1. China’s rocky year: China’s economy is entering uncharted territory, and that could spell trouble for the rest of the world.
After decades of sharp expansion, the Chinese economy is slowing down. Growth in 2018 is set to be the weakest since 1990. And 2019 looks even worse.
The world’s second largest economy is feeling the effects of a darkening trade outlook and government attempts to rein in risky lending after a rapid rise in debt levels.
“The drivers of China’s slowdown have yet to have their full impact on the economy, and the combination of both is unprecedented,” analysts at Moody’s wrote in a research note this month. “This creates a high degree of uncertainty and risk.”
What happens in China matters for businesses and markets across the globe. It’s the world’s largest exporter of goods, sucking in materials from other countries in order to ship out iPhones, laptops, bulldozers and tons of other products.
The country’s rapidly expanding middle-class has turned it into the biggest market on the planet for consumer goods like cars, smartphones and beer, generating billions in profits for companies like General Motors (GM) and Apple (AAPL).
“China has become the world’s largest growth engine,” said Rajiv Biswas, chief Asia-Pacific economist at research firm IHS Markit.
Fears about China’s economic health have already rippled through financial markets. The country’s benchmark stock index plunged into a bear market in June and is down 25% since the start of the year. The jitters have also affected markets in Europe and the United States.
What remains uncertain is the severity of the slowdown and how far the Chinese government will go in trying to soften its impact.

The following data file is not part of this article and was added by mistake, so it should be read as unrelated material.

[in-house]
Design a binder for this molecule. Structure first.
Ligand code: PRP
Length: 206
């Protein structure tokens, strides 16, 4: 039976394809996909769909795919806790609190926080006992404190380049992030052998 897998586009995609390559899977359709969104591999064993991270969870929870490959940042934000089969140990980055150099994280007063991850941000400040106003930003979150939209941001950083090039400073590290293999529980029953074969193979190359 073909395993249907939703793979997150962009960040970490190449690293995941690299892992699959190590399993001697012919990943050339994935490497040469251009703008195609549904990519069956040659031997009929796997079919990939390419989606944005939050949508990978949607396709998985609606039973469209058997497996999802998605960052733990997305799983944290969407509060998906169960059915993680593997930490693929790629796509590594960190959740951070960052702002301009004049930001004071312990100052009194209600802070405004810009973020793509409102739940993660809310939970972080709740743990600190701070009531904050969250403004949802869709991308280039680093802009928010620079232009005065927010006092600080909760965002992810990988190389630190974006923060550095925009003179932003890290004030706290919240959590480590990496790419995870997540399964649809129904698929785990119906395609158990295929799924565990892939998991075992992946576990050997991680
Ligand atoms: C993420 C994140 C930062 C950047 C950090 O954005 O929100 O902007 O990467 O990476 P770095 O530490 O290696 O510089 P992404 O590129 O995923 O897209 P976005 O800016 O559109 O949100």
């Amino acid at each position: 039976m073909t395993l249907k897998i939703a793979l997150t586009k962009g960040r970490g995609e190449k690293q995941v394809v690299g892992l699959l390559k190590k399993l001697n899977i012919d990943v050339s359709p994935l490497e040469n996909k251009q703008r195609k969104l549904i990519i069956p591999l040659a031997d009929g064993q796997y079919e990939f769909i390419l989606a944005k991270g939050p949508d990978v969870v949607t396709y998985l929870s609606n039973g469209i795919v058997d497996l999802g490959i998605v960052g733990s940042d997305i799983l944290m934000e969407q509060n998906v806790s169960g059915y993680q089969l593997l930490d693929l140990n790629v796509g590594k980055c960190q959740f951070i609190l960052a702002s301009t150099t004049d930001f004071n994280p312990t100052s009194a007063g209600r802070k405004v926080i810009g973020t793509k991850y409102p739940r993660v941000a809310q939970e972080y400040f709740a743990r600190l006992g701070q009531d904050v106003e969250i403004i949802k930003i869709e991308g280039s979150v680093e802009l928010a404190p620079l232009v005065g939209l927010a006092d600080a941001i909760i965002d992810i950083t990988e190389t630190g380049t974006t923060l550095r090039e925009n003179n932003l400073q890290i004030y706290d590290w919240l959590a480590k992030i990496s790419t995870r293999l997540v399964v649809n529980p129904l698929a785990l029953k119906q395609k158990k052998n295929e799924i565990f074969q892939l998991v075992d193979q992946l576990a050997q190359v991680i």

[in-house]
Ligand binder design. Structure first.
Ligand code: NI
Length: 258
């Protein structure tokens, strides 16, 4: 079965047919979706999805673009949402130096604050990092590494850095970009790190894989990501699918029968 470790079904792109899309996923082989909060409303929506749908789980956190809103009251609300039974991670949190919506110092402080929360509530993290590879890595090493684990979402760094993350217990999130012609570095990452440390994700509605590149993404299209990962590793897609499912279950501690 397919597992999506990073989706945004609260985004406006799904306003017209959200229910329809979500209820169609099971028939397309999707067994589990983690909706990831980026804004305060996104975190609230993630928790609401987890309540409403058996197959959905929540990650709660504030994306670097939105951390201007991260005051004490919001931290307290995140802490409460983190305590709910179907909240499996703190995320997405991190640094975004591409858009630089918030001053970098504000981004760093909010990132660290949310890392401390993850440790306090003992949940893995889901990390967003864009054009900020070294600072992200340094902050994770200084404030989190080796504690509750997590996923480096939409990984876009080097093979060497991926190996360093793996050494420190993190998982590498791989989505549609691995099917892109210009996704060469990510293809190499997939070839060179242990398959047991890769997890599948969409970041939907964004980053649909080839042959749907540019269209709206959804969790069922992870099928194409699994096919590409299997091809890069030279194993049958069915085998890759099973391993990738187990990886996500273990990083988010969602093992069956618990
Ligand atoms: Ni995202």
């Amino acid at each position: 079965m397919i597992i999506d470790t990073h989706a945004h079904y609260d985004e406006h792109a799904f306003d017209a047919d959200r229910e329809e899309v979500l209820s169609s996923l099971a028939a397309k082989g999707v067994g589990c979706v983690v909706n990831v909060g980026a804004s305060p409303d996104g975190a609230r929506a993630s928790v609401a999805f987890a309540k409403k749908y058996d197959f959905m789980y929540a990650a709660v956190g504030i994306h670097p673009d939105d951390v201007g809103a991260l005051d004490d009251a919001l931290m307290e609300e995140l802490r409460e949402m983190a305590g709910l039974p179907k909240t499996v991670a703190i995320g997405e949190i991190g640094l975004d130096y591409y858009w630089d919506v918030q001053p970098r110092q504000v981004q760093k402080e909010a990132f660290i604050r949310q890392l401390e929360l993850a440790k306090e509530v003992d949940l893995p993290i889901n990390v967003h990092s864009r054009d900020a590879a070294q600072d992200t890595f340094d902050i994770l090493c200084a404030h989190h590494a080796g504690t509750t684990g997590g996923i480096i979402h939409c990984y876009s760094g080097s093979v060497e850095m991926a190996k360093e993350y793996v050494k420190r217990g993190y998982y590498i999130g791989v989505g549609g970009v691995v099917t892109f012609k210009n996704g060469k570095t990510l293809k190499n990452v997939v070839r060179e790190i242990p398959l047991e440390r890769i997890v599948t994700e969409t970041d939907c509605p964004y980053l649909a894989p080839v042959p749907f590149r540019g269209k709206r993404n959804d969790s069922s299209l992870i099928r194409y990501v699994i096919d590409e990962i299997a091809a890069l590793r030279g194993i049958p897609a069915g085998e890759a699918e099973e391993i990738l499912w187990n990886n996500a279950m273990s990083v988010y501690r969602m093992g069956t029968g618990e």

The big wild card is how the trade war between the United States and China, which began this year, will play out in 2019.
After imposing heavy new tariffs on hundreds of billions of dollars of goods, the two sides are now trying to negotiate a deal by the end of February. If they fail, tariffs are set to rise further.
Meanwhile, the economic hit from the trade war is expected to become more pronounced in China in the coming months, hurting exports and companies’ profits.
“Export growth will come under pressure even if a further escalation in tariffs is avoided,” Julian Evans-Pritchard, senior China economist at research firm Capital Economics, wrote in a note to clients this month.
Opinion is divided on whether the two governments will reach a lasting agreement in the next two months. Their expanding conflict is about far more than just trade. It spans China’s stance on technology, intellectual property, investment, industrial policy and access to its markets.
Besides imposing tariffs, the US government has this year prevented two major Chinese tech firms from buying important American-made parts, stepped up scrutiny of foreign investments and sought the extradition of a top executive at Huawei, the Chinese company expected to lead the roll-out of 5G technology around the world.
“The path to an eventual truce between the two economic superpowers is likely to be bumpy and prolonged,” analysts at investment firm Vanguard said in a report this month.
Along the way, they could do plenty more economic damage to one another.
“The trade war has the potential to hit growth significantly,” said Gerard Burg, China economist at National Australia Bank. “But it all depends on how far both sides are willing to push.”